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A Cognitive Approach to Combatting Procrastination

February 27, 2007

One of the more common complaints I hear from my clients is “I wish I didn’t procrastinate so much.” Being stuck in a cycle of procrastination is distressing because it can suffocate us with guilt, lead to a burdensome list of tasks to complete, and worst of all, keep us from fulfilling our most meaningful goals in life.  I’ve found a three step cognitive therapy strategy to be particularly effective for understanding and changing procrastination patterns.

Step 1: Better understand your underlying belief pattern(s) by examining your thoughts about the project or goal.  Although underlying patterns are unique for each person, I find it helpful to consider three general profiles:

  • Perfectionist – This person procrastinates mostly because of the underlying beliefs that the end result of the project must be perfect for fear of being negatively evaluated.  This belief system puts undue pressure on the person.  It also inflates her or his self-importance.  The perfectionist often passes up perfectly good opportunities to make small chunks of progress by saying, “It’s not worth getting started if I can’t really spend the time to do the whole thing and do it right.”
  • Fearful Avoider – This belief pattern has thoughts like:
    • “This is going to be such a pain…”
    • “I don’t want to even think about that now…”
    • “I just can’t stand working on that project…”

To achieve a state of calm, this person may attempt to distract the mind by cleaning the house or getting involved with unimportant projects.  Sadly, the fearful avoider can get so good at developing uhealthy strategies, that she or he can eventually drift away from true life goals.

  • Overcommitted Wishful Thinker – This person sabotages plans by setting unrealistic goals.  In a way, this irrational belief system provides a safe escape psychologically in the short term.  “Because I have too many things to do (or this task is too difficult for me), it’s not a big deal that I don’t follow through with my goals.”  Though this pattern may or may not be distressing to the person who procrastinates, it is often very frustrating to others and can be viewed by others as being passive-aggressive.

Chances are that you are able to see more than one of the above profiles in yourself.  If so, that’s alright.  It means that there is more than one opportunity for improvement.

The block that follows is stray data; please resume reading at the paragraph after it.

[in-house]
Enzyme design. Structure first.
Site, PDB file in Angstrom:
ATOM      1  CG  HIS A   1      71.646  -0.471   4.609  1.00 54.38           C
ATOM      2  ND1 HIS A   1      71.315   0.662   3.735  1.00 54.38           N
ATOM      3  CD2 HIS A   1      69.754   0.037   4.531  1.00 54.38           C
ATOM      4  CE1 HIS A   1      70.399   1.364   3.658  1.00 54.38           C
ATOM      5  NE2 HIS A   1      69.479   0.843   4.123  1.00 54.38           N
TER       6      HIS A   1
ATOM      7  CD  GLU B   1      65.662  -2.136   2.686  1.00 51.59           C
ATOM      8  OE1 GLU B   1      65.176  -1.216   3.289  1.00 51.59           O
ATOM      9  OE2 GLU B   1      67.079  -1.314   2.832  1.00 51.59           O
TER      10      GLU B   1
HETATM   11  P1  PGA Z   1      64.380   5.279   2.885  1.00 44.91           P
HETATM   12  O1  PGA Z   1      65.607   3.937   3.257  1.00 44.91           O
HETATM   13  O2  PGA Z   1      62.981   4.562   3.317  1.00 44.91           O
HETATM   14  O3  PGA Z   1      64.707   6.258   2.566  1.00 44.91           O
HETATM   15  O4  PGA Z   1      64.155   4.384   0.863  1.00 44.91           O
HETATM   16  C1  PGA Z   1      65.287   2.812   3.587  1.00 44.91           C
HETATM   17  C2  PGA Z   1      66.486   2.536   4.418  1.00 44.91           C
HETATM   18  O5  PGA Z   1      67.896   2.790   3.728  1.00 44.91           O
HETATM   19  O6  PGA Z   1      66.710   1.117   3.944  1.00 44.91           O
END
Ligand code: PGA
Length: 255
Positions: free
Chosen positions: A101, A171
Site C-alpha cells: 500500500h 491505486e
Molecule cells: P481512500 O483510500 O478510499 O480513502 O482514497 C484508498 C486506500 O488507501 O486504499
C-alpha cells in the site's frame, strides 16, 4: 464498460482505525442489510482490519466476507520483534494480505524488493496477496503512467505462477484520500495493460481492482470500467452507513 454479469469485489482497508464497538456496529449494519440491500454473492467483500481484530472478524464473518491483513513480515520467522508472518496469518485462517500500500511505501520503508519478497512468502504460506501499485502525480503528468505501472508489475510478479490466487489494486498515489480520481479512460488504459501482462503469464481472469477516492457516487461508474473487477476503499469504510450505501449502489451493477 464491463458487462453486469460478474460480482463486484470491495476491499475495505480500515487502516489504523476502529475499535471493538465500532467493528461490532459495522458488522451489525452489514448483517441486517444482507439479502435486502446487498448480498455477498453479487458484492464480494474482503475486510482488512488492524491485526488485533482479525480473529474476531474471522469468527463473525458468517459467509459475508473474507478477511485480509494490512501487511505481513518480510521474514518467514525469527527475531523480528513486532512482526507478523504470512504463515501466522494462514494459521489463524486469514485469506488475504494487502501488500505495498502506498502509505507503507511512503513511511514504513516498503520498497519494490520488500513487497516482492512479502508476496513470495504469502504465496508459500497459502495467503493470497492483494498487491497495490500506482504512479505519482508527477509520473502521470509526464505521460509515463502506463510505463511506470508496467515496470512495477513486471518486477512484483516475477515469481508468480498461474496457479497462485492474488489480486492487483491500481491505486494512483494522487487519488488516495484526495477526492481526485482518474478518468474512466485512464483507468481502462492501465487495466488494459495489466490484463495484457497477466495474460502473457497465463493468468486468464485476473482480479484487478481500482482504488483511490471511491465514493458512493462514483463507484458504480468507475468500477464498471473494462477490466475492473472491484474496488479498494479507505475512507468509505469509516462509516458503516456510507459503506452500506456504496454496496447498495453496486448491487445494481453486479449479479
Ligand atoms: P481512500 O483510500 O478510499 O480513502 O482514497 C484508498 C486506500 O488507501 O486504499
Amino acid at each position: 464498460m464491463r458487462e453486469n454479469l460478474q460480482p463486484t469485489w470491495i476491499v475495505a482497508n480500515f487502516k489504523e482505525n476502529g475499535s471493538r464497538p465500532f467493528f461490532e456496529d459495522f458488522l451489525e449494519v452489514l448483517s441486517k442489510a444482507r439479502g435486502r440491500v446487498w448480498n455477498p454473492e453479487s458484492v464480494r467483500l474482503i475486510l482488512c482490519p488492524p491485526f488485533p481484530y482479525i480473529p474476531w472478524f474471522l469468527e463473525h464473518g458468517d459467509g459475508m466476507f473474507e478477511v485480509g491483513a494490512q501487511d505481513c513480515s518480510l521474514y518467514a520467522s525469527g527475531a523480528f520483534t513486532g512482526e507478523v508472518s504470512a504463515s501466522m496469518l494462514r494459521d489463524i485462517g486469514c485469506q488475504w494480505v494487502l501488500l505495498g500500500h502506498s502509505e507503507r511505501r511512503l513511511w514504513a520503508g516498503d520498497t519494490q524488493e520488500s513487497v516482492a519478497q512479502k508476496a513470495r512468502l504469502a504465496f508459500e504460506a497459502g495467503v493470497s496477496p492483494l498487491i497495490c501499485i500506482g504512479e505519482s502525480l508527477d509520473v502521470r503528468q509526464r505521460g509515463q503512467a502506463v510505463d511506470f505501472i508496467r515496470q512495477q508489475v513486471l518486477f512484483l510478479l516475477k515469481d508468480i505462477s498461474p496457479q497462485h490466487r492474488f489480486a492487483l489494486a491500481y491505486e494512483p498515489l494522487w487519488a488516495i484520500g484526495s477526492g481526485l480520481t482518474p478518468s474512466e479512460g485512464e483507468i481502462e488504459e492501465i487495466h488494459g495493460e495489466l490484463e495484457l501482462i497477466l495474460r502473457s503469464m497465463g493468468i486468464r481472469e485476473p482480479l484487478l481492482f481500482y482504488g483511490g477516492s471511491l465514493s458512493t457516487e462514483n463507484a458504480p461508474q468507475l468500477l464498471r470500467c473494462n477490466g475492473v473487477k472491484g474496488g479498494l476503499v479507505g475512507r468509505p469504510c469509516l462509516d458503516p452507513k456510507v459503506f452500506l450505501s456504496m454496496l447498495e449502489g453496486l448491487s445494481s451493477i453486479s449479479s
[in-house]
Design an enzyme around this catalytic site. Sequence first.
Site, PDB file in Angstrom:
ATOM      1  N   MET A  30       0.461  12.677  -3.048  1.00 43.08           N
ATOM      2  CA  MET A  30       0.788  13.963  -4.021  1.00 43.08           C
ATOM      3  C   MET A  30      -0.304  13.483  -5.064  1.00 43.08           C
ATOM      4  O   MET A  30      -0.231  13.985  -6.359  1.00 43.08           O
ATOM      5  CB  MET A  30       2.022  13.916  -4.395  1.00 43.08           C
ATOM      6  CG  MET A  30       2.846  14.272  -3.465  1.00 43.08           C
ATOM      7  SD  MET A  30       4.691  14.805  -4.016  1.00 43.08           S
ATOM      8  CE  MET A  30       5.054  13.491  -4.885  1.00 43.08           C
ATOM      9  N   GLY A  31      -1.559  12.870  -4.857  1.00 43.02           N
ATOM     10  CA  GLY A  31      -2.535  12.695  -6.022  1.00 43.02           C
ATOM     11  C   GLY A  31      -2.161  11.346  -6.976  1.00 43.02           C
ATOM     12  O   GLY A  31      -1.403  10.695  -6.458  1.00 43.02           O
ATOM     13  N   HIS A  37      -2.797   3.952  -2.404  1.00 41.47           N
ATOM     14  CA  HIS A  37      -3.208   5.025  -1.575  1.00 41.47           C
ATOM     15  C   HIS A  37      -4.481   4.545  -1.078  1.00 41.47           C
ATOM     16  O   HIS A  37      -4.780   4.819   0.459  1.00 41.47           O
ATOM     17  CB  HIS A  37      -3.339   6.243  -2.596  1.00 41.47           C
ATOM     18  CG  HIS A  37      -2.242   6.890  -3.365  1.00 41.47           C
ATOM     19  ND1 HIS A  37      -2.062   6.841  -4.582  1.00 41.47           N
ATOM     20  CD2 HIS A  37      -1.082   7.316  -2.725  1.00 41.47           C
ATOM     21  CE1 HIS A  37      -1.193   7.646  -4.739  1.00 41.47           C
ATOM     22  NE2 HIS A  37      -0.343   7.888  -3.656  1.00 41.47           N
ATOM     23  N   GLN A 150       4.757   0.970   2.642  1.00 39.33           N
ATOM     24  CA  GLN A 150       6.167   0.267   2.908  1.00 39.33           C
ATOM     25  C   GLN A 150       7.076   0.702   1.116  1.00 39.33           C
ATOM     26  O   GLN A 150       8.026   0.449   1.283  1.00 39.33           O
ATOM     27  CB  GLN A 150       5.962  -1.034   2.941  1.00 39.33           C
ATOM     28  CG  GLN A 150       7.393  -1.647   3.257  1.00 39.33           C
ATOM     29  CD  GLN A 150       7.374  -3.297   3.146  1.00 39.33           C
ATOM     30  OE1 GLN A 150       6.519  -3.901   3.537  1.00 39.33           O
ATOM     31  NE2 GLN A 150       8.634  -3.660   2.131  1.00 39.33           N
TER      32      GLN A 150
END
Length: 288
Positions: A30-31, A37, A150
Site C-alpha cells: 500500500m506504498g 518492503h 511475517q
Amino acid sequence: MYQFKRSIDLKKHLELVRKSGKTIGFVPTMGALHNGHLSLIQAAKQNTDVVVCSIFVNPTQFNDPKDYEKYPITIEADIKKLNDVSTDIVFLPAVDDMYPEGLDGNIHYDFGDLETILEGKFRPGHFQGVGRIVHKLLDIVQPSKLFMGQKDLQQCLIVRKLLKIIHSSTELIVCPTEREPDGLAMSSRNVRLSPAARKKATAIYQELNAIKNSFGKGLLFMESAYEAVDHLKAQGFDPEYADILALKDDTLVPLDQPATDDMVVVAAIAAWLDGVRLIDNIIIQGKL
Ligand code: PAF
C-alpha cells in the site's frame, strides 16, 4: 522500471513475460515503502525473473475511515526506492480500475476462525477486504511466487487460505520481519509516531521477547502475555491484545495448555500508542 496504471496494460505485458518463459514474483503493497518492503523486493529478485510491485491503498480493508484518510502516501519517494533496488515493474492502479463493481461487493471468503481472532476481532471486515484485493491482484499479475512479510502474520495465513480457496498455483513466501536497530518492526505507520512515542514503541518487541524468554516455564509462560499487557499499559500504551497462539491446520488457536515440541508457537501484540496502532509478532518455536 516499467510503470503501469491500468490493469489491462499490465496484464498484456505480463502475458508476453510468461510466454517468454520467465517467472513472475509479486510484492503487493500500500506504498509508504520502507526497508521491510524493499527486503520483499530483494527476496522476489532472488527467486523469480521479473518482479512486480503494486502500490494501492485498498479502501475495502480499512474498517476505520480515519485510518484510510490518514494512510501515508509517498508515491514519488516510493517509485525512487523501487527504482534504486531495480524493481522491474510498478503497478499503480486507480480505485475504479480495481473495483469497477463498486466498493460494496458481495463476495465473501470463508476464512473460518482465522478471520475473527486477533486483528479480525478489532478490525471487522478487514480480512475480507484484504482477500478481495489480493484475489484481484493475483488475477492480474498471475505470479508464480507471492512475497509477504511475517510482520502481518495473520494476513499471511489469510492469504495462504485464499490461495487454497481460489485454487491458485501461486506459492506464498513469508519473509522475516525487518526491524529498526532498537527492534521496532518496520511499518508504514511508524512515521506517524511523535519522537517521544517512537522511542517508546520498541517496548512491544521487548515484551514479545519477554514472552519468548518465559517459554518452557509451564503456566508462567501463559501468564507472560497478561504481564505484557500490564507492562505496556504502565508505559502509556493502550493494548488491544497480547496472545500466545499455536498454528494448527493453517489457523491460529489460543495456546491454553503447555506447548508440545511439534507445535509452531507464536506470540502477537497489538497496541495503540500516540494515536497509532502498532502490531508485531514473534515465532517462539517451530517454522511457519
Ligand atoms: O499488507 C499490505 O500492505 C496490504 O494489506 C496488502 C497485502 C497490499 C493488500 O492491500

Step 2: Learn how your thoughts are distorted, irrational, or counter productive.  Cognitive therapy helps us check whether these underlying thoughts are really as true as they seem by looking for common disorted thought patterns.  For example, consider the Perfectionist profile above: The thought “It’s not worth getting started if I can’t really spend the time to do it right,” contains All-or-Nothing Thinking and Jumping to Conclusions.  In addition, the excessive fear of negative evaluation often contains Mind Reading and Self-Centeredness distortions.  For a more detailed examination of the cognitive distortions associated with different profiles, please take a look at the reference for Common Procrastination Profiles.  At first, it may be difficult to recognize your thoughts as distorted if you’ve been thinking these ways for so long, but it is safe to assume your thoughts are distorted if you procrastinate often.

Step 3: Learn how to challenge and change your thinking.  Once you have identified how your thoughts are distorted, it is much easier to challenge them.  If you are able to see the thought, “It’s not worth getting started if I can’t really spend the time to do it right,” as All-or-Nothing Thinking and Jumping to Conclusions, you could challenge the thought by saying “I not sure how much I will get done, but at least I’ll get started.”  If you have difficulty figuring out ways to challenge your thoughts, consider reading a book on the topic or seeking the help of a skilled cognitive therapist.  The key to this third step is practice, practice, practice.  Eventually, if you stick with the process of challening your automatic thoughts, your underlying thought patterns will change .  And I can assure you that if you change these underlying beliefs, you will procrastinate much less!

Finally, I wanted to share a tool with you that I’ve found quite helpful over the years for procrastination.  The Task Master Worksheet (adopted from David Burns’ New Mood Therapy book) helps us to identify and change many patterns simply by writing some things down as we go.  By looking at what we’ve already accomplished, we feel more invested and motivated.  And, by breaking down the over-arching goal into individual tasks on the worksheet, it makes the project seem less daunting.  In my opinion, the real genius of the worksheet though, is the focus on the predicted and actual amounts of stress and enjoyment with each task.  By keeping track of these data, we often become more aware of a Mental Filter of overestimating the difficulty of tasks and underestimating the sense of relief and accomplishment with finishing each task.  I strongly encourage you to try using the worksheet with one of your goals to combat procrastination.

I hope the insights I’ve shared are helpful for you.  As always, be kind and compassionate with yourself. Managing procrastination is a life-long process.

Jim Carter, Ph.D.

Clinical Psychologist

Specialty Behavioral Health

San Diego, CA

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